Welcome to November 14, National Diabetes Awareness Day (which is the highlight of National Diabetes Awareness month!) In recognition of this crucial time period, I’ve decided to share the American Diabetes Association’s awareness information with all of you!

Additionally, in keeping with this year’s theme of raising awareness of Gestational Diabetes, I invite you to share your personal diabetes story with us, either here in the comments, or on our Facebook page. Check back here all month for lots of relevant, timely, diabetes information!

Did you know that 1 in 11 Americans today has diabetes? Despite its prevalence, diabetes is an invisible disease. It affects men and women, people young and old, and people of all races, shapes and sizes. Often there are no outward signs from the 29 million Americans who fight this chronic illness every day. That’s why there is a critical need to foster awareness and education while breaking down stereotypes, myths and misunderstandings about this growing public health crisis that affects so many of us.

This is exactly why the American Diabetes Association marks each November as American Diabetes Month—to bring extra attention to the disease and the tens of millions of people affected by it.

This November, the organization will highlight the impact of Gestational Diabetes. Gestational diabetes is a type of diabetes that develops during pregnancy. Mothers who’ve had gestational diabetes need to know that they and their children have an increased lifelong risk for developing type 2 diabetes.

Most of the time, gestational diabetes resolves once your baby is born. But, even if the diabetes goes away, you have a greater chance of getting diabetes again down the road. Additionally, the child you carried with gestational diabetes is at future risk for obesity (gestational diabetes is linked to higher birth rates, which can also be predictive of higher weights later in life) and type 2 diabetes. In fact, half of all women who had gestational diabetes go on to develop type 2 diabetes.

Important Information About Gestational Diabetes

What to Do if You've Had Gestational Diabetes

If you’ve had gestational diabetes during any of your pregnancies, there are some crucial steps you must take in order to protect your health. 

  1. Get tested for type 2 diabetes within 12 weeks of your baby's birth. If the test is normal, you only need to repeat the test every three years, but it's important to follow through with that regular testing interval.
  2. Talk to your doctor if you plan to become pregnant again in the future. She or he can help you mitigate the risk of another incidence of gestational diabetes.
  3. Tell your child’s pediatrician about your gestational diabetes diagnosis.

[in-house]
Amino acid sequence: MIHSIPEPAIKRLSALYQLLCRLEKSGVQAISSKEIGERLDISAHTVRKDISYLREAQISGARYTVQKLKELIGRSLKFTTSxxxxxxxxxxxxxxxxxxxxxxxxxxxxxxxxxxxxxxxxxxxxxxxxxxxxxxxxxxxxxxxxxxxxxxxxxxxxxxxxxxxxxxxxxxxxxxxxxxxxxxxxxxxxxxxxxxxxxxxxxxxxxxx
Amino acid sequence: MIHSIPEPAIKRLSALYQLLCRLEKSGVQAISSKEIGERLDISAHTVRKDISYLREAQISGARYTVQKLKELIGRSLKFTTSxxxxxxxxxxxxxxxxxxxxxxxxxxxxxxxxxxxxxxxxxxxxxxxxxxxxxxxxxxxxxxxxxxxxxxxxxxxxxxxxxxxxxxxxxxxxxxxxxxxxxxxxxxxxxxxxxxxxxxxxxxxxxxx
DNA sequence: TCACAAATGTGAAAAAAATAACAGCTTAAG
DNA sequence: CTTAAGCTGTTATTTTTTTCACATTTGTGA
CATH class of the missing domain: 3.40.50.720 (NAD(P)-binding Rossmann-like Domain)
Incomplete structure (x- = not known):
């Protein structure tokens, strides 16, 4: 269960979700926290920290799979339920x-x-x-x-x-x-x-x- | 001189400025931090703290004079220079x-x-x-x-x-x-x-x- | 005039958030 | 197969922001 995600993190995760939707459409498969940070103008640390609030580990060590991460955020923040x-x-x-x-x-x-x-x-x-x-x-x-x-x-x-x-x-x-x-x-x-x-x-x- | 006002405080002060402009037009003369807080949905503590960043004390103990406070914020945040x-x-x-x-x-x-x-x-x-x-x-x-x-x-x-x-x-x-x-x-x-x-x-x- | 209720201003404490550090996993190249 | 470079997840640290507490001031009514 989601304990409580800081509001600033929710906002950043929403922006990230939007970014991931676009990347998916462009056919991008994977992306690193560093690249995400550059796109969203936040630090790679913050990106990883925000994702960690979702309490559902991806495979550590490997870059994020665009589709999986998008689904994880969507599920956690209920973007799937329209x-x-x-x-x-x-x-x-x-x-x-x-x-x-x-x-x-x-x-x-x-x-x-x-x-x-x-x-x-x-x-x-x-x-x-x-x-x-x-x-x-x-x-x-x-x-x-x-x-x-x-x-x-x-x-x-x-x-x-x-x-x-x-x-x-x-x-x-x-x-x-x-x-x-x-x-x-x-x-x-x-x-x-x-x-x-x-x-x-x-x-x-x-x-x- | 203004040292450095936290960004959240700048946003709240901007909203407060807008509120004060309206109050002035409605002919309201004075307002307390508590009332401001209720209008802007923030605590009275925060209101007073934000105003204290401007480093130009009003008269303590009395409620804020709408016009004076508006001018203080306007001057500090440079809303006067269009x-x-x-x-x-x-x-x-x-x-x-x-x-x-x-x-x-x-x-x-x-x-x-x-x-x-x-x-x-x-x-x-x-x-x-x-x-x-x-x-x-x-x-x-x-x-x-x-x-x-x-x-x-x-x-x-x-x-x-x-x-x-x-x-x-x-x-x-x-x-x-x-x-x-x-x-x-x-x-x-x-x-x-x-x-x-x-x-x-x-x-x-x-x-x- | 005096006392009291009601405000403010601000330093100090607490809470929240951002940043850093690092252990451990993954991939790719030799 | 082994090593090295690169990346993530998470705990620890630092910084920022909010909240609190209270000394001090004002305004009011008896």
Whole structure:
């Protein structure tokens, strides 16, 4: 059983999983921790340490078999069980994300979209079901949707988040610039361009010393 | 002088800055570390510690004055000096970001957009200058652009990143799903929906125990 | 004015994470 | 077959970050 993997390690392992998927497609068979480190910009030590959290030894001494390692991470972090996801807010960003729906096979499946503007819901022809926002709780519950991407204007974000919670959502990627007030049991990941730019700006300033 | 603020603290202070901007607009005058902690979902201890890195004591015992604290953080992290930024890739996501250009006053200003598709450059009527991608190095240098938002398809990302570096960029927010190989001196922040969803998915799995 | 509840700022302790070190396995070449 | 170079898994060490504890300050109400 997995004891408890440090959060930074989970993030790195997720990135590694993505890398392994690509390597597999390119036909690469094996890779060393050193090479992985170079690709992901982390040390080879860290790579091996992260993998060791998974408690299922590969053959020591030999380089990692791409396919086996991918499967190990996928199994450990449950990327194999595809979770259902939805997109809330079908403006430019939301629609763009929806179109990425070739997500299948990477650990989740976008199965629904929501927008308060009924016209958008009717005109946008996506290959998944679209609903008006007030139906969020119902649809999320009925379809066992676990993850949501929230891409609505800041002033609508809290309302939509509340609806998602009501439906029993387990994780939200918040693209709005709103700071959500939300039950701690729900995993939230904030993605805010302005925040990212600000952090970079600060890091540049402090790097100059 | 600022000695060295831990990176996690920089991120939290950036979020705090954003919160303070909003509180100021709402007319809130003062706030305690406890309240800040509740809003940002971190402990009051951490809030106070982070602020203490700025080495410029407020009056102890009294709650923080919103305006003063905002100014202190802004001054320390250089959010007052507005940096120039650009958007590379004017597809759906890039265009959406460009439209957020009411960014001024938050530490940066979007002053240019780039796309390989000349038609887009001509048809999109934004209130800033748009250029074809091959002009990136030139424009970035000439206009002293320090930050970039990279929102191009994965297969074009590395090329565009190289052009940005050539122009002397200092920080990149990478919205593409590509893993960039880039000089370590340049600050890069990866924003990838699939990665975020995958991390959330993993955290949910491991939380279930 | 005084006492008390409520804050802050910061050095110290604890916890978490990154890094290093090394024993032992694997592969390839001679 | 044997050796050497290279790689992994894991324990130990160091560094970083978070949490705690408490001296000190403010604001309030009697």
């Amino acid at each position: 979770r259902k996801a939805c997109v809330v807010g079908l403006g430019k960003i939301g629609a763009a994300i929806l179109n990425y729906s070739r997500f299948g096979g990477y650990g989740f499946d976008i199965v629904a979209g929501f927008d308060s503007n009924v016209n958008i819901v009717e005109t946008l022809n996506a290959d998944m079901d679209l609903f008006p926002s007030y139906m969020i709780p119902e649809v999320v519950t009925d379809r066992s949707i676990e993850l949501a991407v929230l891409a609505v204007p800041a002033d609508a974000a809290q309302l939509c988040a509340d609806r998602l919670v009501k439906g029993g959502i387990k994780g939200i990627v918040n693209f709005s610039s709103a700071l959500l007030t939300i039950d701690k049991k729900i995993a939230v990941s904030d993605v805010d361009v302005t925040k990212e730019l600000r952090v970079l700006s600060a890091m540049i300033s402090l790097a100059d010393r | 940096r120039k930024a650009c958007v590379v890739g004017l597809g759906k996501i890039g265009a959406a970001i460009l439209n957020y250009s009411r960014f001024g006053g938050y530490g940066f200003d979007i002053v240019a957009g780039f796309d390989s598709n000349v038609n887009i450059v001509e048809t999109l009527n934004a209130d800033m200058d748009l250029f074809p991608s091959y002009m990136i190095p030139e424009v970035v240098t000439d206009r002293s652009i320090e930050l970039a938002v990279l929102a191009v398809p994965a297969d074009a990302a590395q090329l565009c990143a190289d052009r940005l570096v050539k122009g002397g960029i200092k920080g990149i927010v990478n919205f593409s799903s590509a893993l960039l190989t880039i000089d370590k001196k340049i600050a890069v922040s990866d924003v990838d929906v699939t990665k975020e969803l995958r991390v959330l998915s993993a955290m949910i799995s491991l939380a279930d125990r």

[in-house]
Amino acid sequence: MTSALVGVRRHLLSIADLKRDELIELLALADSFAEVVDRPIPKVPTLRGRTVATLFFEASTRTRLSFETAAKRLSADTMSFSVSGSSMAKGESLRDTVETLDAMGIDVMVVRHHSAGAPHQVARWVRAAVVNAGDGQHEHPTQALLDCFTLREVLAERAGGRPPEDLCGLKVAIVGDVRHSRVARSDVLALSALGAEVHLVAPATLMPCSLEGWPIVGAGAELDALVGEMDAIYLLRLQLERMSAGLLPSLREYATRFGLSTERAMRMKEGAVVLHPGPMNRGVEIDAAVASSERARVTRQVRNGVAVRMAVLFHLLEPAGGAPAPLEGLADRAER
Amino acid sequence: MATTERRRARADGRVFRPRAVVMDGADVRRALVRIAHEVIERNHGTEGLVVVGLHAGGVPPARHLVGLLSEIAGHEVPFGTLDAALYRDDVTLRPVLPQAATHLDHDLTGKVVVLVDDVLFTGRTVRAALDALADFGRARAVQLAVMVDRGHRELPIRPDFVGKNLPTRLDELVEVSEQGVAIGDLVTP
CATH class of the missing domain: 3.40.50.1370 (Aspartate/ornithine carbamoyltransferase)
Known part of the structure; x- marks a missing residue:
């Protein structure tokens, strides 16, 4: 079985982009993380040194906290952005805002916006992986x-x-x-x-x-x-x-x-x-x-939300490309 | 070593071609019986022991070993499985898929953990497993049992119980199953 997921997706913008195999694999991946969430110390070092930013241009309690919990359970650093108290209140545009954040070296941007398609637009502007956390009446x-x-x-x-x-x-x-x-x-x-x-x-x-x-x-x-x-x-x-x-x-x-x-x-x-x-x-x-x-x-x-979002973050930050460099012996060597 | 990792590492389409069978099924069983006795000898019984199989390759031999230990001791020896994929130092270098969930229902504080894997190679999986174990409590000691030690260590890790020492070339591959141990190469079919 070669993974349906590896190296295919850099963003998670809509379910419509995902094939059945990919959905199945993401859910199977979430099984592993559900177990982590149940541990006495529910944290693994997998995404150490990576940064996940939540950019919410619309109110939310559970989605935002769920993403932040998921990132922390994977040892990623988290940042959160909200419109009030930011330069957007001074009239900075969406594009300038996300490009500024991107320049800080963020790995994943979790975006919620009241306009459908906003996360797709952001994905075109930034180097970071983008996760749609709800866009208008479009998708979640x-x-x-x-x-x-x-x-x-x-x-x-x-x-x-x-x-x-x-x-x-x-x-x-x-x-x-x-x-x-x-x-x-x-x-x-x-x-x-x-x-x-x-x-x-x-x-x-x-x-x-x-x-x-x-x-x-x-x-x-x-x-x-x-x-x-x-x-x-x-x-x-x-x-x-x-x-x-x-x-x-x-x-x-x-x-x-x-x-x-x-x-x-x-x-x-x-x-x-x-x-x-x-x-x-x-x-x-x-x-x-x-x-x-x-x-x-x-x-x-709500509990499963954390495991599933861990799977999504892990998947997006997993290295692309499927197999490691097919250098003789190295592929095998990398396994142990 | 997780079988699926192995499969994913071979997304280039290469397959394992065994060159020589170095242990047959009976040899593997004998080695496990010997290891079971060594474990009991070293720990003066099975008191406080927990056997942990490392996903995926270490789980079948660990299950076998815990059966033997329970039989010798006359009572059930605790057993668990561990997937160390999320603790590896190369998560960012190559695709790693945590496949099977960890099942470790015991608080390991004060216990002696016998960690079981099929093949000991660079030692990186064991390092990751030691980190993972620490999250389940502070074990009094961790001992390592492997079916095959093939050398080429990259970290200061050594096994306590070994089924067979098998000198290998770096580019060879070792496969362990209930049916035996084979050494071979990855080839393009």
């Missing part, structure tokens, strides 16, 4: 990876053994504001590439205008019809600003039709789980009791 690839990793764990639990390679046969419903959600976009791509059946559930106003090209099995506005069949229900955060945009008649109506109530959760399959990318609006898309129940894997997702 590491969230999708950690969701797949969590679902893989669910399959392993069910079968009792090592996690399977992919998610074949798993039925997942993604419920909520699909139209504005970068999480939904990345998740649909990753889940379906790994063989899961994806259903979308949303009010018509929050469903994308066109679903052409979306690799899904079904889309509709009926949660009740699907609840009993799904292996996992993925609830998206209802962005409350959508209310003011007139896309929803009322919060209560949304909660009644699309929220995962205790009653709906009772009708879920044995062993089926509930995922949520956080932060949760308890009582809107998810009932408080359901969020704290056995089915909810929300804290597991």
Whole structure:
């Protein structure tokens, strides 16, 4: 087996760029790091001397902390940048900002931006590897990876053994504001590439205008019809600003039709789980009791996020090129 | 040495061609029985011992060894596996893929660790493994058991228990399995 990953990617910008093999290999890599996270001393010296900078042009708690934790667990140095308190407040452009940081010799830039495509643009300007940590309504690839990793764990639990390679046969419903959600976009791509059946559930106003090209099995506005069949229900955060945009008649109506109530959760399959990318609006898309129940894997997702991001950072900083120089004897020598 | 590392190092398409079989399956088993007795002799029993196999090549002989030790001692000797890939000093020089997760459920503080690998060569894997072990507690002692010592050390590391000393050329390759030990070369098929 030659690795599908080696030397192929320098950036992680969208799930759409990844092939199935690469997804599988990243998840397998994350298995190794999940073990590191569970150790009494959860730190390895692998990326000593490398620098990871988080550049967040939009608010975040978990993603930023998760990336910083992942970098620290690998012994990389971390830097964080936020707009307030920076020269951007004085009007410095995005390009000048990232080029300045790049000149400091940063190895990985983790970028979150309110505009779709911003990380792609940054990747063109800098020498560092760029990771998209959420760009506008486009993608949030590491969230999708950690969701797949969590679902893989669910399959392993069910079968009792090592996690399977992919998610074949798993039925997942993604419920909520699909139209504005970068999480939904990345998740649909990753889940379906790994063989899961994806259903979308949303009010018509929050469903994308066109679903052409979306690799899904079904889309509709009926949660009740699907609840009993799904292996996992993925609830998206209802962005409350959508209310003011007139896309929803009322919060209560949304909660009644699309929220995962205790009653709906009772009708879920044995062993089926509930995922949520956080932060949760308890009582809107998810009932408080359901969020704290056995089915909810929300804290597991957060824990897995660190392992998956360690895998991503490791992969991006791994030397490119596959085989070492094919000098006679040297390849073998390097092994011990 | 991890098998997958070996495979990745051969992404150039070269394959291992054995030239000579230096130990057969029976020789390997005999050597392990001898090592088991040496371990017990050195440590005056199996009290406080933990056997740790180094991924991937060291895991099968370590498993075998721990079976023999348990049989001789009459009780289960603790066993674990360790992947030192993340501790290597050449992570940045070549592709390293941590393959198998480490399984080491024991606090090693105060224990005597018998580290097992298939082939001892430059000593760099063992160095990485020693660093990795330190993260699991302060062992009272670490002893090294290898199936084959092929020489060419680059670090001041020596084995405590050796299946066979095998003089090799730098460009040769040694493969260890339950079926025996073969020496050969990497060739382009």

4. Focus on healthy habits, like mindful eating and regular exercise in order to stave off, or at least delay, the onset of type 2 diabetes.

What to Eat With Gestational Diabetes

When you have gestational diabetes, its important to maintain your blood sugar levels. Foods that are low on the glycemic index can help you avoid potentially dangerous spikes in your blood sugar levels. Known as low GI foods, they may help you keep gestational diabetes in check, although you should always check with your OB before making any changes to your diet. In general, foods that are less processed are also lower Glycemic Index choices. Here's a shortlist of some low GI foods you may want to try if you've been diagnosed with gestational diabetes: 

  • fruits, especially apples, oranges, pears, peaches, and mangoes
  • vegetables, such as broccoli, green beans, peas, yams, lettuce, cabbage, and carrots
  • legumes, such as beans, chickpeas, and lentils
  • brown rice
  • whole oats, and whole-oat-based cereals, such as porridge, oat bran, muesli, and granola
  • multigrain and pumpernickel bread

Foods to Avoid with Gestational Diabetes

On the opposite end of the spectrum, the following are considered high GI foods, and should be avoided when possible: 
  • fruit juice
  • ready-to-eat cereal
  • pizza
  • soda
  • white bread
  • short grain white rice
  • russet potatoes
  • instant oats
  • macaroni cheese from mix
  • saltine crackers
  • rice cakes
  • pretzels

Whether you've had gestational diabetes or type 2 diabetes, your foot health may be compromised by your disease. In addition to your OB, dentist and endocrinologist, women with gestational diabetes should develop a close relationship with their podiatrist. Feel free to reach out to our office with any questions about the effects of your gestational diabetes diagnosis! 

Dr. Andrew Schneider
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A podiatrist and foot surgeon in Houston, TX.